Brendan Fay, head of the Lavender and Green Alliance with Father John McNeill.Irish Voice

John McNeill was born in Buffalo on September 2, 1925 and quickly faced a terrible tragedy. His Irish immigrant mother, the former Mary Sharkey, died when he was just four years old.

“After my mother’s death, (her sister) Katie consulted with the local priest and decided to follow an ancient Irish tradition,” McNeill wrote in his 1998 memoir Both Feet Planted Firmly in Midair. “When a woman dies and leaves young children it was the custom in Irish culture that her unmarried sister had the duty to marry her husband and together take a vow of chastity to live as brother and sister.”

From a very young age, McNeill, who would go on to work closely with beloved Irish American priest Father Mychal Judge, had a keen understanding not only of life’s dark side, but also old world dedication to family and culture.

Yet, McNeill, who died late last month at the age of 90, also grew into a person who very much reflects our times.

McNeill became a priest in 1959 and then a national figure 17 years later when, in an interview with news anchor Tom Brokaw, McNeill announced he was gay.

Nobody should have been surprised by McNeill’s rebellious stance. He comes from a family of fighters.

His mother’s family was famous in the west of Ireland for their support of Irish independence from England. They were known as the Battlin’ Sharkeys.

Looking back at McNeill’s life is instructive, especially now. Just last week, the Vatican fired a Polish theologian named Krzysztof Charamsa who also announced that he was gay.

As if that weren’t a big enough headache for Vatican traditionalists, Charamsa timed his announcement to coincide with this week’s closely-watched synod in Rome.

Charamsa said he was looking to make "an enormous noise for the good of the church" and wanted to put some "good Christian pressure" on the Vatican.

”This decision of mine to come out was a very personal one taken in a Catholic Church that is homophobic and very difficult and harsh (towards gays)," added Charamsa.

Forty years earlier, it was the Irish American McNeill who sought to press the church for reform.

“He was a gay man who was a Jesuit priest -- and being a gay man who is a Jesuit priest, by the way, is not an unusual thing,” Mary E. Hunt, a Roman Catholic feminist theologian and longtime friend of McNeill’s, told The New York Times last week, in McNeill’s obituary.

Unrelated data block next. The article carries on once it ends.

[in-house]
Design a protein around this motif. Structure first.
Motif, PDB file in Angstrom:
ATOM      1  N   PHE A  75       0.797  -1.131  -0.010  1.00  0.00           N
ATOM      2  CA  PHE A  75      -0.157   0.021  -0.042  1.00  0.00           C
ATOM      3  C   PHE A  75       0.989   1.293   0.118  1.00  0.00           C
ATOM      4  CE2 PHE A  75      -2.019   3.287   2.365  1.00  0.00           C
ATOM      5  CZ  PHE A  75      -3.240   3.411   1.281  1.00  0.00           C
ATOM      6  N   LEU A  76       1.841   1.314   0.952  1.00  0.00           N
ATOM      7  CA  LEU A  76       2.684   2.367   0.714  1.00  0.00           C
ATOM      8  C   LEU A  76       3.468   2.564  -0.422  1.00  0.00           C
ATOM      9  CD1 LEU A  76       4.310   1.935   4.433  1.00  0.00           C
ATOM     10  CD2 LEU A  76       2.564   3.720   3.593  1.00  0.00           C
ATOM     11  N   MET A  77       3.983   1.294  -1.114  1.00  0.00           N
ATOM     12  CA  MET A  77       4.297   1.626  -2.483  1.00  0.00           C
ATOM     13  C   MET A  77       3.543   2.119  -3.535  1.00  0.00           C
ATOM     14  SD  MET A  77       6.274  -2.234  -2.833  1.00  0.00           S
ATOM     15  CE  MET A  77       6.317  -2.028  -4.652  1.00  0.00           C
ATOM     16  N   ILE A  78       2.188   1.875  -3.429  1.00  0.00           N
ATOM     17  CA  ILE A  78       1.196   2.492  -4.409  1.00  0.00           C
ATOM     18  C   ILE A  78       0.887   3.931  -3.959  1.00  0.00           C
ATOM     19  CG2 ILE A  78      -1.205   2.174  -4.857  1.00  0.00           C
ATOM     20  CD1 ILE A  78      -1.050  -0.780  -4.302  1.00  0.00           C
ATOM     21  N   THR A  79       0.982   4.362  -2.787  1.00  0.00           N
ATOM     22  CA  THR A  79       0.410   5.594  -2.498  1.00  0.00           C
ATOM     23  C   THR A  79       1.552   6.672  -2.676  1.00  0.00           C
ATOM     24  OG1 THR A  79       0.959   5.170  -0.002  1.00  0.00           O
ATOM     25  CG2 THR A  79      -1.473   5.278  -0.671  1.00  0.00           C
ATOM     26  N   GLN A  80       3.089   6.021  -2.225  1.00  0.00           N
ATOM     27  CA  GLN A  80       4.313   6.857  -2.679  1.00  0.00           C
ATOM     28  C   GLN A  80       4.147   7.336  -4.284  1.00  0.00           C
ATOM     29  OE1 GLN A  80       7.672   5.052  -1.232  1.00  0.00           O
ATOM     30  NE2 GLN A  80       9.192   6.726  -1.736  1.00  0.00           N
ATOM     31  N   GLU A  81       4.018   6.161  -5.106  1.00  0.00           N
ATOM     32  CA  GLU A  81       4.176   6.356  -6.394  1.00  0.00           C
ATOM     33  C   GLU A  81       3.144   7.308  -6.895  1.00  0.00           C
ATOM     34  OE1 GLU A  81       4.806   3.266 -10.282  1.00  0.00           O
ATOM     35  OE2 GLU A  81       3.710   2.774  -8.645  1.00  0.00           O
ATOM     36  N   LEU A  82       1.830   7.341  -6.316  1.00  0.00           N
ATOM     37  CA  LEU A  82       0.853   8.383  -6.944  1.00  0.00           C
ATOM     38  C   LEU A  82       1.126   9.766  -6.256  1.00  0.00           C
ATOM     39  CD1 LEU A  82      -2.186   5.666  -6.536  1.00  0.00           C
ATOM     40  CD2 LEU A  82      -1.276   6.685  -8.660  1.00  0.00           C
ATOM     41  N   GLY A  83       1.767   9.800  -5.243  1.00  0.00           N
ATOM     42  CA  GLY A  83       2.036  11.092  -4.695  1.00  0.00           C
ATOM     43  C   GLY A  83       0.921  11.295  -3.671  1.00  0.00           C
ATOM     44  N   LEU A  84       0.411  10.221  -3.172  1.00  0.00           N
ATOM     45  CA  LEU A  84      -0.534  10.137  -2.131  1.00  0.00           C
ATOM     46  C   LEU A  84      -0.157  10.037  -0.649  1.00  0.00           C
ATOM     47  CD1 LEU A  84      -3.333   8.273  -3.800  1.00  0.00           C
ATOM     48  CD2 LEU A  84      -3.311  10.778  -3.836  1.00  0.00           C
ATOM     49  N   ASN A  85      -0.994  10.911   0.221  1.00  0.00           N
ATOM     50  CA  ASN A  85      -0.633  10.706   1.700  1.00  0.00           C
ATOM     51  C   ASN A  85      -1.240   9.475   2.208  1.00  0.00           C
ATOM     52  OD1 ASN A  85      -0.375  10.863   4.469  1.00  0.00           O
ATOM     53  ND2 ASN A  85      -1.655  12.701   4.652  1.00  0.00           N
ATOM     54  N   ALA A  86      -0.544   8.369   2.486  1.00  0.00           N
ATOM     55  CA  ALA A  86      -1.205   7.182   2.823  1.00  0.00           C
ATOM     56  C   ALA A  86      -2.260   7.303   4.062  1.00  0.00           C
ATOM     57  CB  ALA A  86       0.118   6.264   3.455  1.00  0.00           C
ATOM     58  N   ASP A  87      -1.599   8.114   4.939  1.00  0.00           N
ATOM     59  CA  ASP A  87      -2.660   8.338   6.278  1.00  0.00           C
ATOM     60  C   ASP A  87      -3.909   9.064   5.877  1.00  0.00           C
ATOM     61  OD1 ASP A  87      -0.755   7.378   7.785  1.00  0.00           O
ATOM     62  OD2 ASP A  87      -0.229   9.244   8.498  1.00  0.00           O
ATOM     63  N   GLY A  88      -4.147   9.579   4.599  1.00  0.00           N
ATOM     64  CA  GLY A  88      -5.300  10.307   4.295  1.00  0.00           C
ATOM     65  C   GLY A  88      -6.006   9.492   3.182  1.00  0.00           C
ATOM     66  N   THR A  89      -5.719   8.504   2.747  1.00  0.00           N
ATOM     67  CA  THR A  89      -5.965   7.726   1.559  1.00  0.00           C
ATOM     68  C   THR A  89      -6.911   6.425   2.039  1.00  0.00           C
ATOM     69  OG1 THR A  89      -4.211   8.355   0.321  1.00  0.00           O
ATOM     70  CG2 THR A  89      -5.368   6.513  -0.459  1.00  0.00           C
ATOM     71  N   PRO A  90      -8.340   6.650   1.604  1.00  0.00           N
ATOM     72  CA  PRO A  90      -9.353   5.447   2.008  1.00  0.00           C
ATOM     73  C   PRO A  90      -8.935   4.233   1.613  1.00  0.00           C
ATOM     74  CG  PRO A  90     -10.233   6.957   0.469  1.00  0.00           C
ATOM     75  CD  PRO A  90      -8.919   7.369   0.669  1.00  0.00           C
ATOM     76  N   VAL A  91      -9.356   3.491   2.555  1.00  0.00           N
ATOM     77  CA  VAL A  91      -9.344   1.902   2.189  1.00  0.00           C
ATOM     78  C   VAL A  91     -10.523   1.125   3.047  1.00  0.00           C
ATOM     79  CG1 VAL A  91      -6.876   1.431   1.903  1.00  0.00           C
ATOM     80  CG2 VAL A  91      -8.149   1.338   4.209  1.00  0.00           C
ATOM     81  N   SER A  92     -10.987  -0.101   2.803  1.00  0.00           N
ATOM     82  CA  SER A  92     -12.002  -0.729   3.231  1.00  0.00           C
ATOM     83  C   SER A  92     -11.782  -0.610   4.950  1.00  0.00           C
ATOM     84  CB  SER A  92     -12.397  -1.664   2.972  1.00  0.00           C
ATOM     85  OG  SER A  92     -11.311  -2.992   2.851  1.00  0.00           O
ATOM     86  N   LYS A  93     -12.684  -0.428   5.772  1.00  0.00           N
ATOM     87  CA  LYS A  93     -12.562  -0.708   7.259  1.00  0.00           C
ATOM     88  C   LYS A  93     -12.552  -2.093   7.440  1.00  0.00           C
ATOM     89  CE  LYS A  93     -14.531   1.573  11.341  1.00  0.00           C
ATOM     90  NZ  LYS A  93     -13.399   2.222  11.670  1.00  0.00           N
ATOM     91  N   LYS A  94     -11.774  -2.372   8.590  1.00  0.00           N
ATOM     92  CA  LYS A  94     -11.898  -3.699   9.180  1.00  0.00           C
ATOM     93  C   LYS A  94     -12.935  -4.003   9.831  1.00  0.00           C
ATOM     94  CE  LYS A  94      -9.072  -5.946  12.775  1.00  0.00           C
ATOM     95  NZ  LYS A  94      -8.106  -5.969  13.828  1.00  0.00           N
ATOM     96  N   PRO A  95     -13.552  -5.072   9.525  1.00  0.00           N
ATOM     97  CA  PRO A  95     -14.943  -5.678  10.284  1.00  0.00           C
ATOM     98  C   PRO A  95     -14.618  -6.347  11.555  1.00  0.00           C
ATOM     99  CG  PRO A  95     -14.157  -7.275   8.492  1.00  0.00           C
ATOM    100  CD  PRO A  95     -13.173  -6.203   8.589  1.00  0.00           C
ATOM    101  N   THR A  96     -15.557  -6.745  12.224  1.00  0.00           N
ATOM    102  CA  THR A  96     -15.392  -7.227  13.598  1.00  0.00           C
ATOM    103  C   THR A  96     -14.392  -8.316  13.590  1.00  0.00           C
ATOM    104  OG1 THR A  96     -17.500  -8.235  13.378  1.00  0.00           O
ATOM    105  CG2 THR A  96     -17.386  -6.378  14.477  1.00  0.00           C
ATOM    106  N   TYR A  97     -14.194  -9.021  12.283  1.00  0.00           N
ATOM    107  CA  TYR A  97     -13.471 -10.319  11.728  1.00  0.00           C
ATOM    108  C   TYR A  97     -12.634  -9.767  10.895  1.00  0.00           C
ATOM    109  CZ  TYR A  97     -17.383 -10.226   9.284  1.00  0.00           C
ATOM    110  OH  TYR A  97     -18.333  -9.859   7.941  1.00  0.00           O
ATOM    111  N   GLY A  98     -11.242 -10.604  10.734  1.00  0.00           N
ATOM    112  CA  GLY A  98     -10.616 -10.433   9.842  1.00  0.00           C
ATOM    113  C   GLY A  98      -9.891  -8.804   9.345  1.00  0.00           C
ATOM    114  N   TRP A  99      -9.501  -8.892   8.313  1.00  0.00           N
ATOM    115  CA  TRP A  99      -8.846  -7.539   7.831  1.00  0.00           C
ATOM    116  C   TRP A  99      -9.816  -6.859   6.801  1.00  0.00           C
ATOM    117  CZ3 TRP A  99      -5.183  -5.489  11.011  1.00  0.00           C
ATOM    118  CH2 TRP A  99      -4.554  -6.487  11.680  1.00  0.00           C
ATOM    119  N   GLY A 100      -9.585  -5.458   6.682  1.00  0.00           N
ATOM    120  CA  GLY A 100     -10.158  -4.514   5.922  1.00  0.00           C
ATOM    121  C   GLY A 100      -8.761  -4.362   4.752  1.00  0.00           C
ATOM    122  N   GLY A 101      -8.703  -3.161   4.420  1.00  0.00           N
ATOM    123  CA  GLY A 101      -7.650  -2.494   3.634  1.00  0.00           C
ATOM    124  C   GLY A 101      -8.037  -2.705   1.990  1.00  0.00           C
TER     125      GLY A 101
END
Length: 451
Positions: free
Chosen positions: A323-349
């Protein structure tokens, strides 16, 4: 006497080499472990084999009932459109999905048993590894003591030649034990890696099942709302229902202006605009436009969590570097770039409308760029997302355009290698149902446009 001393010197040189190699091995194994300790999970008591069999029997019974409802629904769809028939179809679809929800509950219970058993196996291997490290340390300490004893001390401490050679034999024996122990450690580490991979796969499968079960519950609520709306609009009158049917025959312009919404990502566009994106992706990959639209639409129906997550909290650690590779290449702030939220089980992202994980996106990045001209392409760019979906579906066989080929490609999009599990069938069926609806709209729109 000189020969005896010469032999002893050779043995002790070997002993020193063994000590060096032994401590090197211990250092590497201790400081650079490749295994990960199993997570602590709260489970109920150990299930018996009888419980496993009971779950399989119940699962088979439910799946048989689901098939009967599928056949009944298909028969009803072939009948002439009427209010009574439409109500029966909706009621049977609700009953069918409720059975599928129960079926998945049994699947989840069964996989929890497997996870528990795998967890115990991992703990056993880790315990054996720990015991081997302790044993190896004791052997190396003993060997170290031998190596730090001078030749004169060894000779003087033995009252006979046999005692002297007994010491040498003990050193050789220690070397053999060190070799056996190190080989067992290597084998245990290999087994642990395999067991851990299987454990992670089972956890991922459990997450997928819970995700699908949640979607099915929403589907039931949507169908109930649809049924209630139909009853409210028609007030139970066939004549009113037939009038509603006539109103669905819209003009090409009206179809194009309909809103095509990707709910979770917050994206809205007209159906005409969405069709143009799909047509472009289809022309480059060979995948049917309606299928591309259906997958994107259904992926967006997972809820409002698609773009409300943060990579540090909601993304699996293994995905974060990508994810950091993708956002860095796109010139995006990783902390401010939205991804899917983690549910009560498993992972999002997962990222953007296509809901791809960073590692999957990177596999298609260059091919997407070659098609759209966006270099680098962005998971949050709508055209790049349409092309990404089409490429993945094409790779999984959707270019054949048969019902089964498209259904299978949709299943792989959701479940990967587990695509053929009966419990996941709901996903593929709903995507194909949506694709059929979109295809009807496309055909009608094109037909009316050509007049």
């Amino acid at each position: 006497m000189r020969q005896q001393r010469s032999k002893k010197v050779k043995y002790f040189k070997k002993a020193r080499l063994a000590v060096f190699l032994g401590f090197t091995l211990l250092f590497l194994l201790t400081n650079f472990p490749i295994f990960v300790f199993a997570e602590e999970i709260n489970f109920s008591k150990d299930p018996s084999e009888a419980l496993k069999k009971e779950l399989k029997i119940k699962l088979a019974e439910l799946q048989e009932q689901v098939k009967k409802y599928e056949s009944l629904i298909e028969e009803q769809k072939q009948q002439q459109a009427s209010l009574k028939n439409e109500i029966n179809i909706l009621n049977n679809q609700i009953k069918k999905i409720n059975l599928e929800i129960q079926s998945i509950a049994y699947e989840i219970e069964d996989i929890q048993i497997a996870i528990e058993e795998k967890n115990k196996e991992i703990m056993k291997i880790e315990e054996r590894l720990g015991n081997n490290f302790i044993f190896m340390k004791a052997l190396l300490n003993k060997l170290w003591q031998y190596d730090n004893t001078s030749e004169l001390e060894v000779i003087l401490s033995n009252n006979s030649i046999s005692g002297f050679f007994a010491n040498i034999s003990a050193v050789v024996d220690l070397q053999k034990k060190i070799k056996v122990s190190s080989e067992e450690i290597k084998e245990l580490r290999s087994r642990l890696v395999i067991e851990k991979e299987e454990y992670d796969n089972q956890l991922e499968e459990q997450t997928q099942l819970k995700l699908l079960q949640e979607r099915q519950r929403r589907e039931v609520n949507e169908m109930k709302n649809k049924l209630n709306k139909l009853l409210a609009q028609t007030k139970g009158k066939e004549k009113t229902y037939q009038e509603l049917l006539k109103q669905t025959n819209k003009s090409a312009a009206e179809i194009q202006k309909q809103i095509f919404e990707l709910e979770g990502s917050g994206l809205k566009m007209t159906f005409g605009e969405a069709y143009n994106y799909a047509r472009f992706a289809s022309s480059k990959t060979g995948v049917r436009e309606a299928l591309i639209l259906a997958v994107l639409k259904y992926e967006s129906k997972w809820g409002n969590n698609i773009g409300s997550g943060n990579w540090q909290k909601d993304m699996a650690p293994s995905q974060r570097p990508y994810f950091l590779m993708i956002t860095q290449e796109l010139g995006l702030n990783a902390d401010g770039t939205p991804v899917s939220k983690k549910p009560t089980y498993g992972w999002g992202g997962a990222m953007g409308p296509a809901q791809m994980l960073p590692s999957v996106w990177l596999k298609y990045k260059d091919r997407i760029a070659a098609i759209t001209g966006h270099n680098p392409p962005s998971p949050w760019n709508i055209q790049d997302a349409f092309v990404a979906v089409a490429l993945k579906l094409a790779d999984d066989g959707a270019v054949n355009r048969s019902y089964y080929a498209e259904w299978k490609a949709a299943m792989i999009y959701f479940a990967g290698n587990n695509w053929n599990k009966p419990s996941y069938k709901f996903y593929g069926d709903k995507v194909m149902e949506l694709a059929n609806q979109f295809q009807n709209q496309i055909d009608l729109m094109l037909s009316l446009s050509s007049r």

“The difference is that John McNeill was honest, and he was honest early. And being honest early meant that he paid a large price.”

McNeill’s journey from humble priest to Vatican outcast began in 1970.

“Keenly aware of the self-hatred and depression that many gay Catholics experienced, he began ministering to them,” the Times noted.

By 1976, with Vatican approval, he published an influential book called The Church and the Homosexual. However, church leaders soured on the book as well as McNeill, and told him to cease speaking publicly on sexual matters.

McNeill, however, continued to work quietly with gays and lesbians. When the AIDS crisis hit New York, McNeill and Father Judge, the former FDNY chaplain and first official victim of the 9/11 terror attacks, set up an AIDS ministry in Harlem, serving the homeless.

It was in 1986 when McNeill’s ties to the church were strained to the breaking point. Cardinal Joseph Ratzinger -- the future Pope Benedict -- was among the authors of a Vatican document entitled “On the Pastoral Care of Homosexual Persons.”

The harsh language aimed at gays in the document was criticized publicly by McNeill and many others. Vatican officials ordered McNeill to be quiet. This time, McNeill refused.

By 1987, he was expelled from the Jesuits. That same year he was the grand marshal of New York’s gay pride parade.

In the decades that followed, McNeill wrote numerous books and continued to dedicate himself to others. Whether or not his principled stance -- like Monsignor Charamsa’s this week -- will lead to reform in the church remains to be seen.